In short, when setting up a lab space, it’s useful to think about how, when and where your videos will be used in the long term.
Don’t underestimate the need for good lighting
We’ve got bog-standard office lighting in our lab. It’s absolutely fine from a participant and moderator point of view but, as any camera buff will tell you, lighting is everything if you want to get the most out of your video.
We’ve got Lumens 1080p HD cameras in our lab, which record a very good picture. We’ve however noticed problems when the sun shines through the window - because the light is bright and uneven, the camera can’t hold focus.
If you’re building a lab, try and make your lighting as even as possible. We’re told that LEDs are a good bet. Also, make sure to have blinds or curtains so that you can block out glare when necessary.
On this point, when you furnish your lab, avoid white surfaces and glossy surfaces. You want to cut down visual glare as much as possible. We went for light grey and matt surfaces, which works well.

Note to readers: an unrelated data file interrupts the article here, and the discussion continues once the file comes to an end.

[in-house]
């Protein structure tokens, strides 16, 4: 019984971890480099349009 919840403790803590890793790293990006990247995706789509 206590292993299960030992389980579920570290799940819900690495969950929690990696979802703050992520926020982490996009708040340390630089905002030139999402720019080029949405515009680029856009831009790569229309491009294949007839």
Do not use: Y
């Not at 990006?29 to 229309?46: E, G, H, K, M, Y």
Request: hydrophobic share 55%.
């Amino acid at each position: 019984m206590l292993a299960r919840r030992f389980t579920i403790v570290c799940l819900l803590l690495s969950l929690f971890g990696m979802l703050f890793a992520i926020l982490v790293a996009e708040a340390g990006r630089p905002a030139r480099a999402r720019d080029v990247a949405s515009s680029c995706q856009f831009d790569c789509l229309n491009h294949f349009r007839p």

The equipment is hot
Our lab setup includes a lot of equipment, and it's hot. The bulk of the equipment is housed in a cooling rack, which might keep the equipment cool but gives off its own heat. The large monitors contribute their share. Add 12 tightly packed people to the mix and you’re bordering on the tropical.
We need to upgrade our standard air conditioning to something special. If I’d known this would be a problem, I would have planned an A/C upgrade into the original build more carefully.
Think carefully about your research participants door-to-door experience
There definitely is a transition when you start running your own lab - no more receptionist and no more drinks and sandwiches.
We quickly realised we’d have to think about how to get our research participants to and from the lab in a way that felt welcoming and relaxing. We now routinely include a host as part of recruitment. The host ensures participants are well looked after before and after their research session.
Make sure to consider a waiting area with as much care and attention as you do the actual lab space.
We’ve had several nice articles about the lab published
Digital by Default news: GDS unveils user research lab
Telegraph: Government bureaucracy 'insanely arrogant' says digital boss (actually a positive story)
Other fun stuff